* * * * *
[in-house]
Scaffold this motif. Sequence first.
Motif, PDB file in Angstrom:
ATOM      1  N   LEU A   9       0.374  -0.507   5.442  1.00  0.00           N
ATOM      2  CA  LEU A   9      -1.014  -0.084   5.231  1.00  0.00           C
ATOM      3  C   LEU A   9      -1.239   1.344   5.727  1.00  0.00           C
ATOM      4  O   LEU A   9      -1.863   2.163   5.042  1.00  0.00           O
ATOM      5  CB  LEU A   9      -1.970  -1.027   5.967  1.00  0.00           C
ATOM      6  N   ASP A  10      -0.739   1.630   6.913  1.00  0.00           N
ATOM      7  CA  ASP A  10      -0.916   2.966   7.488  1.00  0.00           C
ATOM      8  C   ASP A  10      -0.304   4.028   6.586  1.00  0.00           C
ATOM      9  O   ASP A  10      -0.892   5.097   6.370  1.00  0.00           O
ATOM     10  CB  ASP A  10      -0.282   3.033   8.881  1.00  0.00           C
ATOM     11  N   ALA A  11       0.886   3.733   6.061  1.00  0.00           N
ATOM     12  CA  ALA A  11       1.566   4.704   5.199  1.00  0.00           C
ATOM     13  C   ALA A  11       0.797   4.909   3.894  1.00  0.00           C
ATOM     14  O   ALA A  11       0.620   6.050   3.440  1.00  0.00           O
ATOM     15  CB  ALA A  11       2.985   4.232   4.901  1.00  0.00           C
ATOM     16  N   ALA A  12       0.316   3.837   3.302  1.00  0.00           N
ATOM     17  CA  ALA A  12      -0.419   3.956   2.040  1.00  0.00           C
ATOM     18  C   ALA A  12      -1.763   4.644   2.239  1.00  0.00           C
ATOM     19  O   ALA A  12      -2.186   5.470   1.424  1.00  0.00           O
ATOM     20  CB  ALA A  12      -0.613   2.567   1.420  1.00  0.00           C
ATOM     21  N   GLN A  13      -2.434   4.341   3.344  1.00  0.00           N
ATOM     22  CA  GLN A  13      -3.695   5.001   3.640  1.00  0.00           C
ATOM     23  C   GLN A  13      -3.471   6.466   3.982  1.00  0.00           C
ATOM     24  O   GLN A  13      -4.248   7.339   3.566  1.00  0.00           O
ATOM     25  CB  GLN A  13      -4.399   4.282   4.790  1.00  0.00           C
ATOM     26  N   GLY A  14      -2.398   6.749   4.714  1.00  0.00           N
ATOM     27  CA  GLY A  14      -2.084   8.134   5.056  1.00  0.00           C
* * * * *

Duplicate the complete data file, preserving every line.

[in-house]
Scaffold this motif. Sequence first.
Motif, PDB file in Angstrom:
ATOM      1  N   LEU A   9       0.374  -0.507   5.442  1.00  0.00           N
ATOM      2  CA  LEU A   9      -1.014  -0.084   5.231  1.00  0.00           C
ATOM      3  C   LEU A   9      -1.239   1.344   5.727  1.00  0.00           C
ATOM      4  O   LEU A   9      -1.863   2.163   5.042  1.00  0.00           O
ATOM      5  CB  LEU A   9      -1.970  -1.027   5.967  1.00  0.00           C
ATOM      6  N   ASP A  10      -0.739   1.630   6.913  1.00  0.00           N
ATOM      7  CA  ASP A  10      -0.916   2.966   7.488  1.00  0.00           C
ATOM      8  C   ASP A  10      -0.304   4.028   6.586  1.00  0.00           C
ATOM      9  O   ASP A  10      -0.892   5.097   6.370  1.00  0.00           O
ATOM     10  CB  ASP A  10      -0.282   3.033   8.881  1.00  0.00           C
ATOM     11  N   ALA A  11       0.886   3.733   6.061  1.00  0.00           N
ATOM     12  CA  ALA A  11       1.566   4.704   5.199  1.00  0.00           C
ATOM     13  C   ALA A  11       0.797   4.909   3.894  1.00  0.00           C
ATOM     14  O   ALA A  11       0.620   6.050   3.440  1.00  0.00           O
ATOM     15  CB  ALA A  11       2.985   4.232   4.901  1.00  0.00           C
ATOM     16  N   ALA A  12       0.316   3.837   3.302  1.00  0.00           N
ATOM     17  CA  ALA A  12      -0.419   3.956   2.040  1.00  0.00           C
ATOM     18  C   ALA A  12      -1.763   4.644   2.239  1.00  0.00           C
ATOM     19  O   ALA A  12      -2.186   5.470   1.424  1.00  0.00           O
ATOM     20  CB  ALA A  12      -0.613   2.567   1.420  1.00  0.00           C
ATOM     21  N   GLN A  13      -2.434   4.341   3.344  1.00  0.00           N
ATOM     22  CA  GLN A  13      -3.695   5.001   3.640  1.00  0.00           C
ATOM     23  C   GLN A  13      -3.471   6.466   3.982  1.00  0.00           C
ATOM     24  O   GLN A  13      -4.248   7.339   3.566  1.00  0.00           O
ATOM     25  CB  GLN A  13      -4.399   4.282   4.790  1.00  0.00           C
ATOM     26  N   GLY A  14      -2.398   6.749   4.714  1.00  0.00           N
ATOM     27  CA  GLY A  14      -2.084   8.134   5.056  1.00  0.00           C